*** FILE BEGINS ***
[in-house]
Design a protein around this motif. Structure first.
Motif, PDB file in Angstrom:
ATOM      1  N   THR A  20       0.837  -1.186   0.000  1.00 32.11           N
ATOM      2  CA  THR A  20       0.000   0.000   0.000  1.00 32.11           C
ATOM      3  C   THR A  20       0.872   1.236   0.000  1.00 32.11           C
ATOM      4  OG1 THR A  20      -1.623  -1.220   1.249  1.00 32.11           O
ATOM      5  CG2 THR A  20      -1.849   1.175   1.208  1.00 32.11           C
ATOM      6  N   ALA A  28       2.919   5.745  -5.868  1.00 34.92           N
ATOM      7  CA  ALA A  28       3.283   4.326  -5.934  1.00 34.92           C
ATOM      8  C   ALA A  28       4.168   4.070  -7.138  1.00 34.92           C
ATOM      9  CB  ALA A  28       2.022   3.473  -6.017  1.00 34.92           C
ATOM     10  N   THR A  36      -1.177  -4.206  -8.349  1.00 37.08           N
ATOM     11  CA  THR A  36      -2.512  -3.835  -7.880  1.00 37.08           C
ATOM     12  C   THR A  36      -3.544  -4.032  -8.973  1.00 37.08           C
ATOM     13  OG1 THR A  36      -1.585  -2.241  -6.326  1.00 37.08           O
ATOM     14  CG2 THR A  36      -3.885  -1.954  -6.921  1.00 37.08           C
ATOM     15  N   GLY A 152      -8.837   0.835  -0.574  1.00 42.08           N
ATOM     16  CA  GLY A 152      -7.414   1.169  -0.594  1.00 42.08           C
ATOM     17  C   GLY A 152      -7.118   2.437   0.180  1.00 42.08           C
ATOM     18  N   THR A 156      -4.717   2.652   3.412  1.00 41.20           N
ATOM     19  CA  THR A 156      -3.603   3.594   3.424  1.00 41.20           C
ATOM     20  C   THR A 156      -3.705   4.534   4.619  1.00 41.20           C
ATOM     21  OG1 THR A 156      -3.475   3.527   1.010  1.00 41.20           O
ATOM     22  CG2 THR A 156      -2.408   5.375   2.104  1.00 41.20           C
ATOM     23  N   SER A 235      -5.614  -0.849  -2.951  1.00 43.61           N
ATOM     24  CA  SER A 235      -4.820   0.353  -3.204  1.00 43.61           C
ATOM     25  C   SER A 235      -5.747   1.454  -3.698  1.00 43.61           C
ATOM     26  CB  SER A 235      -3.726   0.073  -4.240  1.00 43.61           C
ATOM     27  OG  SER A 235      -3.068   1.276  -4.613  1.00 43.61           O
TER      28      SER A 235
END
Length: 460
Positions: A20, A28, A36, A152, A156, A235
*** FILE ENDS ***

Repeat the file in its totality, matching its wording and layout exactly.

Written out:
[in-house]
Design a protein around this motif. Structure first.
Motif, PDB file in Angstrom:
ATOM      1  N   THR A  20       0.837  -1.186   0.000  1.00 32.11           N
ATOM      2  CA  THR A  20       0.000   0.000   0.000  1.00 32.11           C
ATOM      3  C   THR A  20       0.872   1.236   0.000  1.00 32.11           C
ATOM      4  OG1 THR A  20      -1.623  -1.220   1.249  1.00 32.11           O
ATOM      5  CG2 THR A  20      -1.849   1.175   1.208  1.00 32.11           C
ATOM      6  N   ALA A  28       2.919   5.745  -5.868  1.00 34.92           N
ATOM      7  CA  ALA A  28       3.283   4.326  -5.934  1.00 34.92           C
ATOM      8  C   ALA A  28       4.168   4.070  -7.138  1.00 34.92           C
ATOM      9  CB  ALA A  28       2.022   3.473  -6.017  1.00 34.92           C
ATOM     10  N   THR A  36      -1.177  -4.206  -8.349  1.00 37.08           N
ATOM     11  CA  THR A  36      -2.512  -3.835  -7.880  1.00 37.08           C
ATOM     12  C   THR A  36      -3.544  -4.032  -8.973  1.00 37.08           C
ATOM     13  OG1 THR A  36      -1.585  -2.241  -6.326  1.00 37.08           O
ATOM     14  CG2 THR A  36      -3.885  -1.954  -6.921  1.00 37.08           C
ATOM     15  N   GLY A 152      -8.837   0.835  -0.574  1.00 42.08           N
ATOM     16  CA  GLY A 152      -7.414   1.169  -0.594  1.00 42.08           C
ATOM     17  C   GLY A 152      -7.118   2.437   0.180  1.00 42.08           C
ATOM     18  N   THR A 156      -4.717   2.652   3.412  1.00 41.20           N
ATOM     19  CA  THR A 156      -3.603   3.594   3.424  1.00 41.20           C
ATOM     20  C   THR A 156      -3.705   4.534   4.619  1.00 41.20           C
ATOM     21  OG1 THR A 156      -3.475   3.527   1.010  1.00 41.20           O
ATOM     22  CG2 THR A 156      -2.408   5.375   2.104  1.00 41.20           C
ATOM     23  N   SER A 235      -5.614  -0.849  -2.951  1.00 43.61           N
ATOM     24  CA  SER A 235      -4.820   0.353  -3.204  1.00 43.61           C
ATOM     25  C   SER A 235      -5.747   1.454  -3.698  1.00 43.61           C
ATOM     26  CB  SER A 235      -3.726   0.073  -4.240  1.00 43.61           C
ATOM     27  OG  SER A 235      -3.068   1.276  -4.613  1.00 43.61           O
TER      28      SER A 235
END
Length: 460
Positions: A20, A28, A36, A152, A156, A235